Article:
Deterrence became the central preoccupation in international security because of World War II and the atom bombs dropped on Japan. The two bombs were so destructive that the possibility of another world war and more nuclear attacks made deterrence, and eventually deterrence theory, terribly important in offering hope of avoiding all that. Deterrence and deterrence theory would become vital for coping with the ensuing nuclear arms race and Cold War, and for handling conventional and lesser political and military conflicts. Deterrence and deterrence theory became the ultimate safeguard in international security affairs and helped discourage the building and spread of nuclear, chemical, and biological weapons via arms control. Also employed was a variant of deterrence, compellence, for preventing an opponent from continuing an attack or other harmful acts by threatening significant retaliation to “compel” potential aggressors into doing something they did not want to do, like abandoning a nuclear weapons development program or breaking off a war. Compellence and deterrence overlap, but compellence has been considered harder to use successfully.1
Deterrence has two broad categories—general and immediate; different in concept, definition, use, and time frame. General deterrence conveys a somewhat vague, broad, and often steadily continuous threat of retaliation for a possible future attack. Mounted to protect the deterring entity or others, it can also be similarly mounted by a collective actor such as NATO. In contrast, Immediate deterrence involves threatening retaliation because an attack is close at hand or in its early stages and has to be halted. General deterrence is therefore a much longer lasting, more common, and typically more durable phenomenon—it may even continue for decades. Immediate deterrence is scarier and more intense, typically brief in application or implementation. Both general and immediate deterrence can be used strategically or tactically.
Finally, it is noteworthy that deterrence is partly designed and mounted by the influence of its surrounding context, which helps shape why, where, and how it is needed and used. Shifts in context often seriously alter the nature of deterrence and may strongly affect how it works or fails.
In contemporary international politics deterrence operates at four levels of interactions among states and other groups. At the sub-state level deterrence may be involved in confronting serious, often violent, conflicts between notable groups—ethnic, political, religious, even criminal—outside or within a state, groups that sometimes extend into other states.2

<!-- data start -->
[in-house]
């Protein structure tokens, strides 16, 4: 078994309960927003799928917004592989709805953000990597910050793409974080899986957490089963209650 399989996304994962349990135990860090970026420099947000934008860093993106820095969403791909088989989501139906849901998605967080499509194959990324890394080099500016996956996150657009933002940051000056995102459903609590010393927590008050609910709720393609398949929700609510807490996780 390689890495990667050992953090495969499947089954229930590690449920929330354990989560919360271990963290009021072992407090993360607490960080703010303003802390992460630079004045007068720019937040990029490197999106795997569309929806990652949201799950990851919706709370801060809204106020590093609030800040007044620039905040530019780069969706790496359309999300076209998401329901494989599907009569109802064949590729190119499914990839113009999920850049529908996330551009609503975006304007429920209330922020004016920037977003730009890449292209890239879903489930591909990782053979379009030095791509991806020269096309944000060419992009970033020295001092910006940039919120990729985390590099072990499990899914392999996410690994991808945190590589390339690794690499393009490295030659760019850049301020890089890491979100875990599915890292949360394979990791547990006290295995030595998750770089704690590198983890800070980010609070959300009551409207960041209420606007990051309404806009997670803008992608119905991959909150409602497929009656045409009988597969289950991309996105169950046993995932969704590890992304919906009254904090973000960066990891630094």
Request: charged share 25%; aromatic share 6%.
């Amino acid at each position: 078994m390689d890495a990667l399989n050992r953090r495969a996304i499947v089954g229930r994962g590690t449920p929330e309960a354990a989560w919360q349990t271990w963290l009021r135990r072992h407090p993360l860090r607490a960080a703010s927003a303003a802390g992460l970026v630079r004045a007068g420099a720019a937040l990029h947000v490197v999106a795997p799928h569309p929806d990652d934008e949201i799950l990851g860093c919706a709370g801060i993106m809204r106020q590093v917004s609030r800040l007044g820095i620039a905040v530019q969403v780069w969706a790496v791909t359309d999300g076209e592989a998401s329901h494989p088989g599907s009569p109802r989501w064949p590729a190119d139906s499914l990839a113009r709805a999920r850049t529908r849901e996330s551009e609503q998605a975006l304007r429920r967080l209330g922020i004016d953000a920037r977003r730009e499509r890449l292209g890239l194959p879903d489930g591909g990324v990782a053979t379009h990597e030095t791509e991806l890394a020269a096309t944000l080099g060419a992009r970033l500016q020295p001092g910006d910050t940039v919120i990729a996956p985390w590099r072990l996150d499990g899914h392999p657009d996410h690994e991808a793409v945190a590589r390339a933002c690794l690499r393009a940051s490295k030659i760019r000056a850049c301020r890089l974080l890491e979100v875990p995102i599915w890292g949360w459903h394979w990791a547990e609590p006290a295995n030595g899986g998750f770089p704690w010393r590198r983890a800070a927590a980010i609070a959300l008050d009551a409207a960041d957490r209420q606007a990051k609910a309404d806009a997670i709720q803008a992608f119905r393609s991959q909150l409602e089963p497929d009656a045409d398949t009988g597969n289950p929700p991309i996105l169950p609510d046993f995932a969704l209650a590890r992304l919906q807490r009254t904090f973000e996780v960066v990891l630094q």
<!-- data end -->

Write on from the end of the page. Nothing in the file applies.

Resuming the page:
The state level typically involves a state or several states in a conflict or conflicts in their neighborhood, such as interstate conflict (perhaps some fighting) over a border or a territory, or over who should dominate or own part of the ocean. Such conflicts can generate deterrence threats and actions, in reaction to or by leading toward violent struggles or battles, even more serious conflicts (a civil war, an insurgency, a conflict with terrorists), or one involving two or more states fighting—perhaps over how one state’s treatment of a group offends another state. Sometimes conflicts between or within states lead to serious threats of war, ongoing fighting, interrelated wars in the area that attract military intervention or threats of it from a region’s international or global system states even when the conflict is not highly important to them.3 Of the current fighting among or within states, this is the level where most such clashes are located and related deterrence efforts are actively employed, and is often a way states and/or groups conflictually interact, even in a more than two-party situation.
The third level involves conflicts between or among states or state groups of fairly notable actors in a regional or the global international system. These states typically have above average power, ambition, capabilities, and interests; they may even dominate their regional system. They may often face actual or potential threats. Sometimes such a state also has weak domestic underpinnings and serious domestic conflict; threats to the government, or domestic, political, and other elements weakening the country’s international status and relationships or its power and influence. These are countries like Iran, Brazil, Egypt, Nigeria, Thailand, Saudi Arabia, Indonesia, India, among others. The threats they face may include internal unrest, religious radicalism, economic collapse, coups, corruption, along with competition among the states themselves or with powerful members of the global system.